The Greeks used it to construct building materials. The Romans used it to clean up blood after gladiator contests. King Charlemagne is said to have sprinkled it in with egg whites to keep his hair stiff and glistening on the battlefield, a sort of ancient-school mousse. Yes, talc has been used in one way or another for centuries. Besides being the main ingredient in baby powder, these days talc can be found in everything from flea and tick powders to deodorants, chalk and crayons, soap, and circuit boards. It's used in home insulation material and as filler in paper. Ceramic tiles contain talc, as do paints and even some of that dust you find on certain sticks of chewing gum.

baby powderFor a mineral (pure talc is hydrous magnesium silicate) found in so many products, you'd think it would be as safe as salt. And generally it is. But guess what? Not only is the talc silicate related to deadly asbestos, some talcum powders are sometimes contaminated with asbestos. The result? Lots and lots of studies. The result of all the studies? Mixed.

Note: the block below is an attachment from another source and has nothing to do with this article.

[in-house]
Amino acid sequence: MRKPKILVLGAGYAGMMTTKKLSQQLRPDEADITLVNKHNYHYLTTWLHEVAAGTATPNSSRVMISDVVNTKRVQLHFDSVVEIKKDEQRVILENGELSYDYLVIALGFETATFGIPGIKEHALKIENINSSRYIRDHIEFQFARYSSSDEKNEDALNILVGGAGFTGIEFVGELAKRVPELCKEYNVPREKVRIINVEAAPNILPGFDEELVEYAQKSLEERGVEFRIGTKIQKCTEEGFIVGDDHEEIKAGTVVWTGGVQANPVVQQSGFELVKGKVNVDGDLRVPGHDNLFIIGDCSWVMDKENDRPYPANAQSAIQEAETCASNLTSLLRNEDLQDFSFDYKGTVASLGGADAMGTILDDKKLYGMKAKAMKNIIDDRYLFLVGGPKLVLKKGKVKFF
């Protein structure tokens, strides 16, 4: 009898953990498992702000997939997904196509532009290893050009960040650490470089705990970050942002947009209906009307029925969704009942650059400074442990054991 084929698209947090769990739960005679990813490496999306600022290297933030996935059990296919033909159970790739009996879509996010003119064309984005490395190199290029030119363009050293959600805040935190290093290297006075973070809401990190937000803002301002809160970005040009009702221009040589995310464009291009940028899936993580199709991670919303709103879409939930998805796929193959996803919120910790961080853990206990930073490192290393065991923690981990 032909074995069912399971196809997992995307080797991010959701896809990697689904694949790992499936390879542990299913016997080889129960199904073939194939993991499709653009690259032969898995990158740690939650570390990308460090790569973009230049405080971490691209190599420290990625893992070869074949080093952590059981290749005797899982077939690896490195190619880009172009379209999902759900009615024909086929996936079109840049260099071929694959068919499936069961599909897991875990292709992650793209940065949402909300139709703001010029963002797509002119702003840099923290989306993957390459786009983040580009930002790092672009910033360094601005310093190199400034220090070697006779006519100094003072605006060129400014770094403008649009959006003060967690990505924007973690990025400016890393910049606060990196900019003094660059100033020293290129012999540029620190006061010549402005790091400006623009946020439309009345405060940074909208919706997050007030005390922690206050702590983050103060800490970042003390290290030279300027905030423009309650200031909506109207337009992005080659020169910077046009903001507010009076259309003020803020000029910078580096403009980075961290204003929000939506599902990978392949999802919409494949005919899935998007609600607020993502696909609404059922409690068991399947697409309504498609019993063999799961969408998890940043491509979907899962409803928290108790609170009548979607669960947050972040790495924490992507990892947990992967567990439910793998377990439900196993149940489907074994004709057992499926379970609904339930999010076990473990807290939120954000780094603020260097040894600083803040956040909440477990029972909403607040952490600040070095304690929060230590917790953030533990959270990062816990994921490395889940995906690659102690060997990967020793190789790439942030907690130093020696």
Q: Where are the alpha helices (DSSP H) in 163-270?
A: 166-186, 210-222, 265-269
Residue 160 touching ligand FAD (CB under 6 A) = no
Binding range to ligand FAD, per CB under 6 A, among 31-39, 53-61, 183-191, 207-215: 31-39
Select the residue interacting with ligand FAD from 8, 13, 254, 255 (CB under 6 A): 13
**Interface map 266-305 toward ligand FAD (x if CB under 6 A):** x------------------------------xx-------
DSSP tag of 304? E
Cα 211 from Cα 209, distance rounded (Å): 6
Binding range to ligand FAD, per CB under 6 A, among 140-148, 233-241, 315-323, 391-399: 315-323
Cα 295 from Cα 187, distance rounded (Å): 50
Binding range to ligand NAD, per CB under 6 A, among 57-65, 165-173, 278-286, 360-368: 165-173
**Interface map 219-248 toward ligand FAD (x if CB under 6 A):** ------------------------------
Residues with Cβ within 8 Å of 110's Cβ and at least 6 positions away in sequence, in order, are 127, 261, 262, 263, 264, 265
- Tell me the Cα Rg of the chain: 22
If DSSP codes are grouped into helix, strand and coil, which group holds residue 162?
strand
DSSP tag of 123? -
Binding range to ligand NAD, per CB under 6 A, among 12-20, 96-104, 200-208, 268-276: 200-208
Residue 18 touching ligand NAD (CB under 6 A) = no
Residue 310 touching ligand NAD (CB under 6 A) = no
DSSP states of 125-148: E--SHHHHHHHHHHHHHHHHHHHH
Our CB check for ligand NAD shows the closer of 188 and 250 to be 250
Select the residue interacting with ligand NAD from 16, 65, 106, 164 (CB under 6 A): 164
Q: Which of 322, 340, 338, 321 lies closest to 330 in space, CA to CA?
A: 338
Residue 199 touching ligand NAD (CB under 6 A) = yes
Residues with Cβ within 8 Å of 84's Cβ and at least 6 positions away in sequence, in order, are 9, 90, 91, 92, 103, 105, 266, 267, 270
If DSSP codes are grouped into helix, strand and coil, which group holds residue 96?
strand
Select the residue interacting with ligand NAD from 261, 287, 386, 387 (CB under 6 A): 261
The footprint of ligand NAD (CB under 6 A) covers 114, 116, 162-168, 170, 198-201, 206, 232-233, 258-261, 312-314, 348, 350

However, in 1982, Johnson & Johnson admitted that they knew of some of these studies that concluded that woman who frequently applied talc products to their genitals had a three-fold increased risk of ovarian cancer.

(from August 12, 1982 New York Times article).

Talc2Other studies show that, since the 1980s, several thousand infants have died each year, or became seriously ill after accidentally inhaling baby powder. Many scientists have asked the Food and Drug Administration to require talc products to carry warning labels, something the FDA has yet to agree to. While other studies have not proven a link between talc and cancer, to play it safe, many people recommend using a mixture of cornstarch and baking soda as an alternative. Or get your hands on some natural baby powder in a health food store, usually made with things like green clay, tea tree oil and lavender or chamomile.